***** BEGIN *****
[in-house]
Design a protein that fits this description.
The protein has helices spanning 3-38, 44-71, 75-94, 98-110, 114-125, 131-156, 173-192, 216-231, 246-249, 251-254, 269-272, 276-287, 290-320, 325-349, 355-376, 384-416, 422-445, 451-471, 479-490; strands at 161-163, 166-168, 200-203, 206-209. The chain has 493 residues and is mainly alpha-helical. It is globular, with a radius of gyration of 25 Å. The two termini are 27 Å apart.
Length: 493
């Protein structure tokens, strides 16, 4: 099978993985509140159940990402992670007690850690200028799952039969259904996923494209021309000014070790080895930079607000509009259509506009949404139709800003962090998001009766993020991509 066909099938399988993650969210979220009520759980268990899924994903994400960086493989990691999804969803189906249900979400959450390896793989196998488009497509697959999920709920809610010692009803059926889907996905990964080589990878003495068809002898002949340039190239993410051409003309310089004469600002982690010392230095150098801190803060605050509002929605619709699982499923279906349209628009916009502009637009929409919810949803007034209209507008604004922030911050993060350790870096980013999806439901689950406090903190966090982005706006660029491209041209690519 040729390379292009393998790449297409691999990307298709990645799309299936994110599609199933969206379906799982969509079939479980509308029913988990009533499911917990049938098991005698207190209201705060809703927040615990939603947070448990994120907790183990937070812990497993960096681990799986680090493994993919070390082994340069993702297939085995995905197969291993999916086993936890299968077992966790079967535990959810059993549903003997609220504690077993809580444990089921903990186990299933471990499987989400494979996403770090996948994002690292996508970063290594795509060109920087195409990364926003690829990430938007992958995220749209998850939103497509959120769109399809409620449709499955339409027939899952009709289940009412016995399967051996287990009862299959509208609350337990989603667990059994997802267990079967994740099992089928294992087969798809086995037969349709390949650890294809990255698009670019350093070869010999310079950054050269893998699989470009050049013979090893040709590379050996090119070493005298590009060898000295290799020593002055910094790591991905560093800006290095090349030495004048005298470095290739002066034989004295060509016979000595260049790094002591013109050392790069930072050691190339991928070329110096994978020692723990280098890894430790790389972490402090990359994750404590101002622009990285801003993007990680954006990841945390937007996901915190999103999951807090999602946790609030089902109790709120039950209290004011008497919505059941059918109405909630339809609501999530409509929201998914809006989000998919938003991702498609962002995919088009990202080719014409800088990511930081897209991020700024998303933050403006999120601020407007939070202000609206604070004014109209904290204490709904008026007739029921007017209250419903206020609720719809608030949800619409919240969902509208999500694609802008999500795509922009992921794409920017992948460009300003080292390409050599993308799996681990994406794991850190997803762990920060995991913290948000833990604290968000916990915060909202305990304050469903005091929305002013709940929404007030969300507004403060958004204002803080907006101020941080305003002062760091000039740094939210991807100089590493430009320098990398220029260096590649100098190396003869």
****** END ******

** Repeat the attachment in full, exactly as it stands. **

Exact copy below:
[in-house]
Design a protein that fits this description.
The protein has helices spanning 3-38, 44-71, 75-94, 98-110, 114-125, 131-156, 173-192, 216-231, 246-249, 251-254, 269-272, 276-287, 290-320, 325-349, 355-376, 384-416, 422-445, 451-471, 479-490; strands at 161-163, 166-168, 200-203, 206-209. The chain has 493 residues and is mainly alpha-helical. It is globular, with a radius of gyration of 25 Å. The two termini are 27 Å apart.
Length: 493
């Protein structure tokens, strides 16, 4: 099978993985509140159940990402992670007690850690200028799952039969259904996923494209021309000014070790080895930079607000509009259509506009949404139709800003962090998001009766993020991509 066909099938399988993650969210979220009520759980268990899924994903994400960086493989990691999804969803189906249900979400959450390896793989196998488009497509697959999920709920809610010692009803059926889907996905990964080589990878003495068809002898002949340039190239993410051409003309310089004469600002982690010392230095150098801190803060605050509002929605619709699982499923279906349209628009916009502009637009929409919810949803007034209209507008604004922030911050993060350790870096980013999806439901689950406090903190966090982005706006660029491209041209690519 040729390379292009393998790449297409691999990307298709990645799309299936994110599609199933969206379906799982969509079939479980509308029913988990009533499911917990049938098991005698207190209201705060809703927040615990939603947070448990994120907790183990937070812990497993960096681990799986680090493994993919070390082994340069993702297939085995995905197969291993999916086993936890299968077992966790079967535990959810059993549903003997609220504690077993809580444990089921903990186990299933471990499987989400494979996403770090996948994002690292996508970063290594795509060109920087195409990364926003690829990430938007992958995220749209998850939103497509959120769109399809409620449709499955339409027939899952009709289940009412016995399967051996287990009862299959509208609350337990989603667990059994997802267990079967994740099992089928294992087969798809086995037969349709390949650890294809990255698009670019350093070869010999310079950054050269893998699989470009050049013979090893040709590379050996090119070493005298590009060898000295290799020593002055910094790591991905560093800006290095090349030495004048005298470095290739002066034989004295060509016979000595260049790094002591013109050392790069930072050691190339991928070329110096994978020692723990280098890894430790790389972490402090990359994750404590101002622009990285801003993007990680954006990841945390937007996901915190999103999951807090999602946790609030089902109790709120039950209290004011008497919505059941059918109405909630339809609501999530409509929201998914809006989000998919938003991702498609962002995919088009990202080719014409800088990511930081897209991020700024998303933050403006999120601020407007939070202000609206604070004014109209904290204490709904008026007739029921007017209250419903206020609720719809608030949800619409919240969902509208999500694609802008999500795509922009992921794409920017992948460009300003080292390409050599993308799996681990994406794991850190997803762990920060995991913290948000833990604290968000916990915060909202305990304050469903005091929305002013709940929404007030969300507004403060958004204002803080907006101020941080305003002062760091000039740094939210991807100089590493430009320098990398220029260096590649100098190396003869």